But some characters, even in a Stoppard play, cannot be clever. The only way the author can manage this is to make them into fools or near-mutes. There is nothing in between, where most of the real world situates itself. This, to be sure, is also true of Oscar Wilde, Stoppard's inspiration; there are passages in Arcadia that are distant but distinct echoes of The Importance of Being Earnest. Wilde, however, did not cheat: He would not have an Englishman in 1809 use the Yiddishism tush, or have two characters—including the 13-year-old Thomasina—interpret Poussin's famous Et in Arcadia Ego ("I too have lived in Arcadia") as being spoken by Death, i.e., the skull in the picture, a theory first proposed by Erwin Panofsky a century and a half later.
Arcadia takes place—first alternatingly, then simultaneously—in 1809 and today. The constant is a garden room at Sidley Park, the Derbyshire manor of Lord and Lady Croom. Their daughter, Thomasina Coverly, is being tutored by a young scientist, Septimus Hodge, a classmate of Lord Byron, who is visiting at Sidley Park. Lady Croom, whose other child is the tongue-tied Augustus, is witty and imperious, and has a yen for the handsome Hodge. Also present are Richard Noakes, the landscape architect (who is striving to convert the classically natural gardens into picturesque Gothic), and Ezra Chater, the resident poetaster (who is married to a beautiful flirt with whom Hodge, like Captain Brice, Royal Navy, her ladyship's brother, has an affair). The catch is that we are shown some of the less interesting characters (the foolish Chater, the brainless Brice) but not some of the more promising ones (Mrs. Chater, Lord Byron).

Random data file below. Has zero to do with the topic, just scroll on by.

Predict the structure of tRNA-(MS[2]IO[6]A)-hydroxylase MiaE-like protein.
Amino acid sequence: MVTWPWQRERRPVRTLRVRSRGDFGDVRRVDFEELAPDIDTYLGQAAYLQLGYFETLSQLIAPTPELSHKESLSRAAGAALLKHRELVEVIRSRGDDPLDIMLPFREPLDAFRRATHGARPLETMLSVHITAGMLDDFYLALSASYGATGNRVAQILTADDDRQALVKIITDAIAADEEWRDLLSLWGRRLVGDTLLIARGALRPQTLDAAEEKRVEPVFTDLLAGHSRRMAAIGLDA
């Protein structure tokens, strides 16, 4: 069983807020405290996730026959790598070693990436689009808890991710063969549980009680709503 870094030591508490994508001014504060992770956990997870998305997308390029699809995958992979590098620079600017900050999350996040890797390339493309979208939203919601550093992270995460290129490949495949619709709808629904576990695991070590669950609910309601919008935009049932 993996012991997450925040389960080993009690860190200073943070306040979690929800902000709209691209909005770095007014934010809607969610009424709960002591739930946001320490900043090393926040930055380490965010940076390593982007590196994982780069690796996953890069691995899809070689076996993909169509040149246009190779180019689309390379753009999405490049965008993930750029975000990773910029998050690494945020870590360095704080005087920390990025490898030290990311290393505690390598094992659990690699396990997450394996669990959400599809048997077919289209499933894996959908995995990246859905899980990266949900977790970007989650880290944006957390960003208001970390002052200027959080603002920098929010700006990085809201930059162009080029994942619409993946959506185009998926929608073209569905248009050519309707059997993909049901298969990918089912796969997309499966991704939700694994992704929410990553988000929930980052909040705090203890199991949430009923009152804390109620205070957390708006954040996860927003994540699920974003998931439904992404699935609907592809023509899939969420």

In the modern scenes, we get the three young Coverlys of today: Valentine, a mathematician in love with Hannah Jarvis, the author of a book about Lady Caroline Lamb, Byron's mistress; his younger brother, the autistic Gus, also taken with Hannah; and their sister, Chloë, a flighty young woman with a crush on Bernard Nightingale, a literary don doing research on Byron at Sidley Park. And we get Hannah herself, doing research for her next book on the life of the mysterious hermit of Sidley Park, and thus on the entire Coverly clan.
There are all kinds of parallels and divergences between the "old" story and the "new"; also some curious misreadings of the past by the present-day researchers, which contrast with the true story as we see it unfurl. The concinnity with which the two stories correspond or don't (with interesting insights into the triumphs and fiascoes of scholarship), and the way past and present—even if only figuratively—finally intermingle, are almost fiendishly crafty. But in the end, Stoppard—who never went to university and has an autodidact's infatuation with his homemade erudition—overdoes it: There are goodly chunks of the play that seem to have been written for the delectation of graduate students in literature and science, and you often wish Stoppard would rein in his parade.